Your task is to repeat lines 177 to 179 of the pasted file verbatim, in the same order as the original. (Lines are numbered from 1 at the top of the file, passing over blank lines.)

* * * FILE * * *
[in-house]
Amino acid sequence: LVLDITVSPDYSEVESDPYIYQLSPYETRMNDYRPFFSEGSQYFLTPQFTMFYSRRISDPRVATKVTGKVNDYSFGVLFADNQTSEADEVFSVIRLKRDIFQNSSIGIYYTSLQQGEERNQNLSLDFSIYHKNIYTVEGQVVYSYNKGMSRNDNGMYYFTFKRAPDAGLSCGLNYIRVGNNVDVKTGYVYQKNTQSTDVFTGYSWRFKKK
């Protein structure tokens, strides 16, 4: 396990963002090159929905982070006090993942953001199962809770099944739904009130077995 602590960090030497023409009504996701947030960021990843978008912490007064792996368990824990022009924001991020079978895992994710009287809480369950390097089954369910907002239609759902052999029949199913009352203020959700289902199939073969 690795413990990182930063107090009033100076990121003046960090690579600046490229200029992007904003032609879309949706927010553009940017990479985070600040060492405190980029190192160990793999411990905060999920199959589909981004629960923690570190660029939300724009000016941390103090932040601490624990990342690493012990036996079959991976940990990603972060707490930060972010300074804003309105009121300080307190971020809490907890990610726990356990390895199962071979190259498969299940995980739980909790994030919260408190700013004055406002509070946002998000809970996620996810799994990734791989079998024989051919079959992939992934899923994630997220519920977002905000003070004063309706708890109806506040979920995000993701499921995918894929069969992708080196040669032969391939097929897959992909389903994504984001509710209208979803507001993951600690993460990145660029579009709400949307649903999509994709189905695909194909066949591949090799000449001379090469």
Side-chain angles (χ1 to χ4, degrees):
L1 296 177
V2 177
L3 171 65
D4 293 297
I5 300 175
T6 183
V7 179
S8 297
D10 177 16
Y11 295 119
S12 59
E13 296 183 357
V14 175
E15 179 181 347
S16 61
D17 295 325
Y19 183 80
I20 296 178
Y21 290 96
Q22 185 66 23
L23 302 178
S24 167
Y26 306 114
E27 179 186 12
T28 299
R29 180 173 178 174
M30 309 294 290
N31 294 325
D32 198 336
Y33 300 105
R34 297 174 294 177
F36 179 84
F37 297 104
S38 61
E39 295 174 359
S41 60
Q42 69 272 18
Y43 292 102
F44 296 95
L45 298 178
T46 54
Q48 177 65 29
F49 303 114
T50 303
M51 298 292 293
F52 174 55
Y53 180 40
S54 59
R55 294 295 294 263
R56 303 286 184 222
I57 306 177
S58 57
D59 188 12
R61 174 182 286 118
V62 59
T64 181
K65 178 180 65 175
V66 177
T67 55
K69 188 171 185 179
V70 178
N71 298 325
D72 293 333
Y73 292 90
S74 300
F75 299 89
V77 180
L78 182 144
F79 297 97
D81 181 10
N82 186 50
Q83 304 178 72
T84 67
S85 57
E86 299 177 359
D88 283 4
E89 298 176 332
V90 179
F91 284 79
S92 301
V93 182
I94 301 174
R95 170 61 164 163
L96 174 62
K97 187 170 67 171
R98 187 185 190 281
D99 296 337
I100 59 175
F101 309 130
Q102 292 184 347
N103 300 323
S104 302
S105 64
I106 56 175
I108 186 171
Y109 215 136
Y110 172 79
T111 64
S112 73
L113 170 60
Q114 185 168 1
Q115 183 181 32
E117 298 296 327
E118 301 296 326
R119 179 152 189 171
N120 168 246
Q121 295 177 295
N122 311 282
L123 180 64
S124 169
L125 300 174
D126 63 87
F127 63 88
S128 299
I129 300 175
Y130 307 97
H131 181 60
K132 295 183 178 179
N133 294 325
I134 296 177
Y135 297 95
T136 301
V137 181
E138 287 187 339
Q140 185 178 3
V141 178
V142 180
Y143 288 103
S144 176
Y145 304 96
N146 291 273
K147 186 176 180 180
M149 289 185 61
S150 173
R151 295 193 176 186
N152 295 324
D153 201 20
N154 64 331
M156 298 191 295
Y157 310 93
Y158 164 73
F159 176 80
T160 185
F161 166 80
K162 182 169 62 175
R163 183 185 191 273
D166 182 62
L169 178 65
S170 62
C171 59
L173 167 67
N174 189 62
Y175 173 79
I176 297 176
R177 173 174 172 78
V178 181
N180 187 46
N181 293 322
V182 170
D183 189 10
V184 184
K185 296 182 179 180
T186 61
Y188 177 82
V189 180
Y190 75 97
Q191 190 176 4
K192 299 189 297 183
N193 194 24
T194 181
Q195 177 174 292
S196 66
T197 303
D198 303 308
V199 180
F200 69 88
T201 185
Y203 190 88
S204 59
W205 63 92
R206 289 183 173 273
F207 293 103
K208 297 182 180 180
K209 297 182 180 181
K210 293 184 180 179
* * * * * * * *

T197 303
D198 303 308
V199 180